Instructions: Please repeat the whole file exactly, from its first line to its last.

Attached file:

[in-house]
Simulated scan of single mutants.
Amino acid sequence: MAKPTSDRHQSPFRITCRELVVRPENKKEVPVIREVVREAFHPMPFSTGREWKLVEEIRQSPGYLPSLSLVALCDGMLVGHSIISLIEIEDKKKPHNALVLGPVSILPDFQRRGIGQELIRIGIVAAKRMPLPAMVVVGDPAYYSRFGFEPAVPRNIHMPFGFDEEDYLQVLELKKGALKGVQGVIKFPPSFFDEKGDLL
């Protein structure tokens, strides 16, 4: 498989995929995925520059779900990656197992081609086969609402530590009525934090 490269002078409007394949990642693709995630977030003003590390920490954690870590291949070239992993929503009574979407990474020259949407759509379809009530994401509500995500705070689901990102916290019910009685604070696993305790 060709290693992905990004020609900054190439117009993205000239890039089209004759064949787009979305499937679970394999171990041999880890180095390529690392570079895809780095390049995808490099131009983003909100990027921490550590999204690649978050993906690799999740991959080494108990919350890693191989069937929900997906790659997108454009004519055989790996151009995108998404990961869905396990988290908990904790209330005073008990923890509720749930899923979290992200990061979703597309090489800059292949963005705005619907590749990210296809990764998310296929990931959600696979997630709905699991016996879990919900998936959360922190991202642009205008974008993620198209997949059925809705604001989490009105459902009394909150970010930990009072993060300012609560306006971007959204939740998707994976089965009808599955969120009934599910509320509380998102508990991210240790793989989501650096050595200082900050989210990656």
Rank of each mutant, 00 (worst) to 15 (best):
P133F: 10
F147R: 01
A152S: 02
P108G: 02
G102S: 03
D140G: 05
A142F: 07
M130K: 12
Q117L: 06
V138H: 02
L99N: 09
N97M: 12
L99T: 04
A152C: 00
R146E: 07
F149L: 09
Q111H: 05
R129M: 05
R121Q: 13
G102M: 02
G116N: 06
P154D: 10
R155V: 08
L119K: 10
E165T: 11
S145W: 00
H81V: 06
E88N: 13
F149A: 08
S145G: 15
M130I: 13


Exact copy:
[in-house]
Simulated scan of single mutants.
Amino acid sequence: MAKPTSDRHQSPFRITCRELVVRPENKKEVPVIREVVREAFHPMPFSTGREWKLVEEIRQSPGYLPSLSLVALCDGMLVGHSIISLIEIEDKKKPHNALVLGPVSILPDFQRRGIGQELIRIGIVAAKRMPLPAMVVVGDPAYYSRFGFEPAVPRNIHMPFGFDEEDYLQVLELKKGALKGVQGVIKFPPSFFDEKGDLL
């Protein structure tokens, strides 16, 4: 498989995929995925520059779900990656197992081609086969609402530590009525934090 490269002078409007394949990642693709995630977030003003590390920490954690870590291949070239992993929503009574979407990474020259949407759509379809009530994401509500995500705070689901990102916290019910009685604070696993305790 060709290693992905990004020609900054190439117009993205000239890039089209004759064949787009979305499937679970394999171990041999880890180095390529690392570079895809780095390049995808490099131009983003909100990027921490550590999204690649978050993906690799999740991959080494108990919350890693191989069937929900997906790659997108454009004519055989790996151009995108998404990961869905396990988290908990904790209330005073008990923890509720749930899923979290992200990061979703597309090489800059292949963005705005619907590749990210296809990764998310296929990931959600696979997630709905699991016996879990919900998936959360922190991202642009205008974008993620198209997949059925809705604001989490009105459902009394909150970010930990009072993060300012609560306006971007959204939740998707994976089965009808599955969120009934599910509320509380998102508990991210240790793989989501650096050595200082900050989210990656």
Rank of each mutant, 00 (worst) to 15 (best):
P133F: 10
F147R: 01
A152S: 02
P108G: 02
G102S: 03
D140G: 05
A142F: 07
M130K: 12
Q117L: 06
V138H: 02
L99N: 09
N97M: 12
L99T: 04
A152C: 00
R146E: 07
F149L: 09
Q111H: 05
R129M: 05
R121Q: 13
G102M: 02
G116N: 06
P154D: 10
R155V: 08
L119K: 10
E165T: 11
S145W: 00
H81V: 06
E88N: 13
F149A: 08
S145G: 15
M130I: 13